Standard Article

Two-photon Microscopy and Imaging

Cell Biology

  1. Patrick Theer,
  2. Bernd Kuhn,
  3. Dorine Keusters,
  4. Winfried Denk

Published Online: 15 SEP 2006

DOI: 10.1002/3527600906.mcb.200500019

Reviews in Cell Biology and Molecular Medicine

Reviews in Cell Biology and Molecular Medicine

How to Cite

Theer, P., Kuhn, B., Keusters, D. and Denk, W. 2006. Two-photon Microscopy and Imaging. Reviews in Cell Biology and Molecular Medicine. .

Author Information

  1. Max Planck Institute for Medical Research, Heidelberg, Germany

Publication History

  1. Published Online: 15 SEP 2006


Multiphoton microscopy (MPM) is an imaging technique that employs signals, such as fluorescence, generated by a multiphoton absorption (MPA) process as its contrast mechanism. Compared to other fluorescence microscopy techniques, MPM often has a higher sensitivity, superior penetration into scattering tissue, and causes less photodamage to the sample and less photobleaching of the fluorophore. These advantages make MPM the method of choice for optophysiological experiments and also make MPM the only technique available for high-resolution in vivo imaging deep within scattering tissue, such as the brain. The two-photon microscope (2PM) is the kind of MPM used in the overwhelming majority of applications since it has virtually all of the specific advantages of MPM. Recent advances in staining techniques including the booming development of genetically encoded fluorophores keep increasing the field of actual and possible MPM applications.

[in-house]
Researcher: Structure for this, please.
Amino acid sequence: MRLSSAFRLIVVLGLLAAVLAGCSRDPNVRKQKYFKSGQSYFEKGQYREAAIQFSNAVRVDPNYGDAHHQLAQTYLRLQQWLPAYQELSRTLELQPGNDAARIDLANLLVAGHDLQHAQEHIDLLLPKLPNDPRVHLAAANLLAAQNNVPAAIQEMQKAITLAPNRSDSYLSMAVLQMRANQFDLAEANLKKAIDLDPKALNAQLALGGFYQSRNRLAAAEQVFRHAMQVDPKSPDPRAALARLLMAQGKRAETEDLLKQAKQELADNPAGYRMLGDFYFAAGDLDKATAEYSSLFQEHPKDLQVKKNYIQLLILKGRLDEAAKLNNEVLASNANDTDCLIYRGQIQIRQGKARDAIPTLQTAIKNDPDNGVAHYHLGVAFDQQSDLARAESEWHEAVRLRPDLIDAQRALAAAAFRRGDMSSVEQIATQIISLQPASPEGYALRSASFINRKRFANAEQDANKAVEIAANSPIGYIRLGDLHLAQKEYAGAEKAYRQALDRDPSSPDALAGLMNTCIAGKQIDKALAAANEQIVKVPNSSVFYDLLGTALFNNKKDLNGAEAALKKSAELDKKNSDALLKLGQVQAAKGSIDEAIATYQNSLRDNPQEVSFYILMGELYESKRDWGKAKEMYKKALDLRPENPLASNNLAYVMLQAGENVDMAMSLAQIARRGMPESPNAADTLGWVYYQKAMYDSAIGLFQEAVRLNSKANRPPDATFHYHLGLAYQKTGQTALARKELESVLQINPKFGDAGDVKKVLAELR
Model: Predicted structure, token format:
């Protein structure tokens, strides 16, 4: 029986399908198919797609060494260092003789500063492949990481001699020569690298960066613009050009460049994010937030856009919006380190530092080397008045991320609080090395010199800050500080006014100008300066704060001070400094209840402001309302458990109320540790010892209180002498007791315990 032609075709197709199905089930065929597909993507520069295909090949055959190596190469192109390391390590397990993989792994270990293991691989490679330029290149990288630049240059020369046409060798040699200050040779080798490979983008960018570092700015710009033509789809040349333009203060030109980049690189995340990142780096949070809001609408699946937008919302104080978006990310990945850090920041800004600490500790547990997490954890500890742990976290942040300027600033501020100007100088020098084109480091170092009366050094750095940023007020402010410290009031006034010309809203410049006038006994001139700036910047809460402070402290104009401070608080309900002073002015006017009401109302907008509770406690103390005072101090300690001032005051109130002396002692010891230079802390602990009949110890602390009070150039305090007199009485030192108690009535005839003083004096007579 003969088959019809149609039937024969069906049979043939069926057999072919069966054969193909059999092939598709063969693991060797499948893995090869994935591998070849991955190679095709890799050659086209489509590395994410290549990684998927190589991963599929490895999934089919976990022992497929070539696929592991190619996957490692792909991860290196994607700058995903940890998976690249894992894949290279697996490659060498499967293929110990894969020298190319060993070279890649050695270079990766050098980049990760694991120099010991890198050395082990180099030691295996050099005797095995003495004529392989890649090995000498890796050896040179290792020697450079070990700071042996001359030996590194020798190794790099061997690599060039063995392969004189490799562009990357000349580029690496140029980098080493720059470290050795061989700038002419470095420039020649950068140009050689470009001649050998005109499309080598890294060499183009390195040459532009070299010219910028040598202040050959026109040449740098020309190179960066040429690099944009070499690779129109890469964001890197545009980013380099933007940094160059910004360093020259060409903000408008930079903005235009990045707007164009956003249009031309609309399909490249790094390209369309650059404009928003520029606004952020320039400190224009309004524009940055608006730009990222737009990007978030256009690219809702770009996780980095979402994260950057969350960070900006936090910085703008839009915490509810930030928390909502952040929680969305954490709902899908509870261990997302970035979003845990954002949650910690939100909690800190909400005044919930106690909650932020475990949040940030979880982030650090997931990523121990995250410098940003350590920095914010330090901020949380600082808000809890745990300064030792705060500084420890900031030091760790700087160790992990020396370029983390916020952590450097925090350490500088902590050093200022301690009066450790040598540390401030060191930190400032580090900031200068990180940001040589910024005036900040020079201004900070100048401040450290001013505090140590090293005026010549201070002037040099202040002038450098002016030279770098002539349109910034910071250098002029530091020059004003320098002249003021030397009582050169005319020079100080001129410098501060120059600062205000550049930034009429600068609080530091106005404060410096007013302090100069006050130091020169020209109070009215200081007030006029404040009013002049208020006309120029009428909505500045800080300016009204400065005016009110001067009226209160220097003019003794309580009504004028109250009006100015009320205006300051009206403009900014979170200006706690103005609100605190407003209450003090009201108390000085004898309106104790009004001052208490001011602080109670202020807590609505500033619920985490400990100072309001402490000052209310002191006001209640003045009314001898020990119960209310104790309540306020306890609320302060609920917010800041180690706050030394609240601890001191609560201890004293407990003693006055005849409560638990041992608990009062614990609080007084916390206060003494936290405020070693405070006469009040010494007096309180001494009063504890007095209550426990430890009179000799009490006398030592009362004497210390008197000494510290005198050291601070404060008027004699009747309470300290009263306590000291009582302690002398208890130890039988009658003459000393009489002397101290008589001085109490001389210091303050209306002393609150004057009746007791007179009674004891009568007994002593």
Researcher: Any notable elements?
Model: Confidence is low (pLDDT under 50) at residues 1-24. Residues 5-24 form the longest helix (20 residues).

• Confocal Microscopy (CM);
  • Fluorescence;
  • Laser-scanning Microscopy;
  • Multiphoton Absorption (MPA);
  • Multiphoton Microscopy (MPM);
  • Two-photon Microscopy (2PM);
  • Whole-field Detection;
  • Wide-field Imaging